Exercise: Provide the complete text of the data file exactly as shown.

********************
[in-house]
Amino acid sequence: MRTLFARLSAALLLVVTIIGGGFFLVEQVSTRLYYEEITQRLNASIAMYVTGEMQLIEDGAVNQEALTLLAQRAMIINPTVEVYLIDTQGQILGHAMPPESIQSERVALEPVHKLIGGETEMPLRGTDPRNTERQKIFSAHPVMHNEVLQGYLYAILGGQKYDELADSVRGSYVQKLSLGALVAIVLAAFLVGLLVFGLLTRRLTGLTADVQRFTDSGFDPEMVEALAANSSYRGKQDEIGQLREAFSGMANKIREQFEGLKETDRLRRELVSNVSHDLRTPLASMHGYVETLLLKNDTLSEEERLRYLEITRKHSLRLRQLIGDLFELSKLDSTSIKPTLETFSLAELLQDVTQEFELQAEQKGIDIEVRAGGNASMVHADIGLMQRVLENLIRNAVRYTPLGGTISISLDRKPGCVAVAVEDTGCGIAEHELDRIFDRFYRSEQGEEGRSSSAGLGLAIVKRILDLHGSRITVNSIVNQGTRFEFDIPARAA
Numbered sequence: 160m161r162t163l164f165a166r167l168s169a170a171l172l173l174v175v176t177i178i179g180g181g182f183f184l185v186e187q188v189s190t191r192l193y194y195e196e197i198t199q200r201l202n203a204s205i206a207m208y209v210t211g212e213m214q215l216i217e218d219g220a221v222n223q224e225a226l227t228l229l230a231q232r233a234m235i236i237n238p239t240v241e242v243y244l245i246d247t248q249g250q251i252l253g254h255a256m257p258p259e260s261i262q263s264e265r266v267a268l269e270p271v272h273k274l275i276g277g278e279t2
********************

[in-house]
Amino acid sequence: MRTLFARLSAALLLVVTIIGGGFFLVEQVSTRLYYEEITQRLNASIAMYVTGEMQLIEDGAVNQEALTLLAQRAMIINPTVEVYLIDTQGQILGHAMPPESIQSERVALEPVHKLIGGETEMPLRGTDPRNTERQKIFSAHPVMHNEVLQGYLYAILGGQKYDELADSVRGSYVQKLSLGALVAIVLAAFLVGLLVFGLLTRRLTGLTADVQRFTDSGFDPEMVEALAANSSYRGKQDEIGQLREAFSGMANKIREQFEGLKETDRLRRELVSNVSHDLRTPLASMHGYVETLLLKNDTLSEEERLRYLEITRKHSLRLRQLIGDLFELSKLDSTSIKPTLETFSLAELLQDVTQEFELQAEQKGIDIEVRAGGNASMVHADIGLMQRVLENLIRNAVRYTPLGGTISISLDRKPGCVAVAVEDTGCGIAEHELDRIFDRFYRSEQGEEGRSSSAGLGLAIVKRILDLHGSRITVNSIVNQGTRFEFDIPARAA
Numbered sequence: 160m161r162t163l164f165a166r167l168s169a170a171l172l173l174v175v176t177i178i179g180g181g182f183f184l185v186e187q188v189s190t191r192l193y194y195e196e197i198t199q200r201l202n203a204s205i206a207m208y209v210t211g212e213m214q215l216i217e218d219g220a221v222n223q224e225a226l227t228l229l230a231q232r233a234m235i236i237n238p239t240v241e242v243y244l245i246d247t248q249g250q251i252l253g254h255a256m257p258p259e260s261i262q263s264e265r266v267a268l269e270p271v272h273k274l275i276g277g278e279t2